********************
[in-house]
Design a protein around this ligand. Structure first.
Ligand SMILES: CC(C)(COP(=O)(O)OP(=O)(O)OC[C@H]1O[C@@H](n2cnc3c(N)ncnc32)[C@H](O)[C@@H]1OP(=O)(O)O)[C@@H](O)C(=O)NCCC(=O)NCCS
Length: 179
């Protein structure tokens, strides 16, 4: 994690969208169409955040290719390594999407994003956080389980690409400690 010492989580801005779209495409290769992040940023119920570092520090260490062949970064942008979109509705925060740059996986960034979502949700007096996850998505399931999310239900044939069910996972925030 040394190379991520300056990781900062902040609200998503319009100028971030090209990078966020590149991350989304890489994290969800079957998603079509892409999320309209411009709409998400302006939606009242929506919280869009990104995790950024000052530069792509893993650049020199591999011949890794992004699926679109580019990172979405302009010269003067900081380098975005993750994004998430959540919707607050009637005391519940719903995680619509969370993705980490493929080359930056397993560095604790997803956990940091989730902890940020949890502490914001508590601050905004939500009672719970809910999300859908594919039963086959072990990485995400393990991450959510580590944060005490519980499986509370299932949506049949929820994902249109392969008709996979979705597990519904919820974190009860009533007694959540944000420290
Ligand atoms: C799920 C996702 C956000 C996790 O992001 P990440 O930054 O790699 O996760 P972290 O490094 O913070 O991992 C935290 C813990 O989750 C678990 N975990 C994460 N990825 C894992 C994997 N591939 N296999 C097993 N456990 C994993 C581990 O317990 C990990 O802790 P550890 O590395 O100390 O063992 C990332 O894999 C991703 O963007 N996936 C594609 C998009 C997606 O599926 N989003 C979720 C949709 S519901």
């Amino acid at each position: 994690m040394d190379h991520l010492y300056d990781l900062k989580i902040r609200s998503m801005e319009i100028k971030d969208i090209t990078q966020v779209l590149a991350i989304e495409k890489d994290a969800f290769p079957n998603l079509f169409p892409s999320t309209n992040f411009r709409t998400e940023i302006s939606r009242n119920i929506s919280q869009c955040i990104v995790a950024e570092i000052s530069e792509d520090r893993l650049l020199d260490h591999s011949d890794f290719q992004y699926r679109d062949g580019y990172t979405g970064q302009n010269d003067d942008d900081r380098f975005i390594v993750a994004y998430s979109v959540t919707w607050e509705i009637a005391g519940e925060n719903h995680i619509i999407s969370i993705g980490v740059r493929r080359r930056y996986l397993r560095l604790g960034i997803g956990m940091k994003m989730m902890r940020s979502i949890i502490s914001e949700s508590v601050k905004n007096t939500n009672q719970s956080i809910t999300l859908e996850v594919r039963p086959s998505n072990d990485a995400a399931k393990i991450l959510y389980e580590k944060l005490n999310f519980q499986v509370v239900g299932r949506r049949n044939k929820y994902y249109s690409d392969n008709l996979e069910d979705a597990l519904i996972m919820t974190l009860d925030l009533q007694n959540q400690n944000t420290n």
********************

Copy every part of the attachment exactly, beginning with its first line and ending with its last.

[in-house]
Design a protein around this ligand. Structure first.
Ligand SMILES: CC(C)(COP(=O)(O)OP(=O)(O)OC[C@H]1O[C@@H](n2cnc3c(N)ncnc32)[C@H](O)[C@@H]1OP(=O)(O)O)[C@@H](O)C(=O)NCCC(=O)NCCS
Length: 179
């Protein structure tokens, strides 16, 4: 994690969208169409955040290719390594999407994003956080389980690409400690 010492989580801005779209495409290769992040940023119920570092520090260490062949970064942008979109509705925060740059996986960034979502949700007096996850998505399931999310239900044939069910996972925030 040394190379991520300056990781900062902040609200998503319009100028971030090209990078966020590149991350989304890489994290969800079957998603079509892409999320309209411009709409998400302006939606009242929506919280869009990104995790950024000052530069792509893993650049020199591999011949890794992004699926679109580019990172979405302009010269003067900081380098975005993750994004998430959540919707607050009637005391519940719903995680619509969370993705980490493929080359930056397993560095604790997803956990940091989730902890940020949890502490914001508590601050905004939500009672719970809910999300859908594919039963086959072990990485995400393990991450959510580590944060005490519980499986509370299932949506049949929820994902249109392969008709996979979705597990519904919820974190009860009533007694959540944000420290
Ligand atoms: C799920 C996702 C956000 C996790 O992001 P990440 O930054 O790699 O996760 P972290 O490094 O913070 O991992 C935290 C813990 O989750 C678990 N975990 C994460 N990825 C894992 C994997 N591939 N296999 C097993 N456990 C994993 C581990 O317990 C990990 O802790 P550890 O590395 O100390 O063992 C990332 O894999 C991703 O963007 N996936 C594609 C998009 C997606 O599926 N989003 C979720 C949709 S519901």
């Amino acid at each position: 994690m040394d190379h991520l010492y300056d990781l900062k989580i902040r609200s998503m801005e319009i100028k971030d969208i090209t990078q966020v779209l590149a991350i989304e495409k890489d994290a969800f290769p079957n998603l079509f169409p892409s999320t309209n992040f411009r709409t998400e940023i302006s939606r009242n119920i929506s919280q869009c955040i990104v995790a950024e570092i000052s530069e792509d520090r893993l650049l020199d260490h591999s011949d890794f290719q992004y699926r679109d062949g580019y990172t979405g970064q302009n010269d003067d942008d900081r380098f975005i390594v993750a994004y998430s979109v959540t919707w607050e509705i009637a005391g519940e925060n719903h995680i619509i999407s969370i993705g980490v740059r493929r080359r930056y996986l397993r560095l604790g960034i997803g956990m940091k994003m989730m902890r940020s979502i949890i502490s914001e949700s508590v601050k905004n007096t939500n009672q719970s956080i809910t999300l859908e996850v594919r039963p086959s998505n072990d990485a995400a399931k393990i991450l959510y389980e580590k944060l005490n999310f519980q499986v509370v239900g299932r949506r049949n044939k929820y994902y249109s690409d392969n008709l996979e069910d979705a597990l519904i996972m919820t974190l009860d925030l009533q007694n959540q400690n944000t420290n």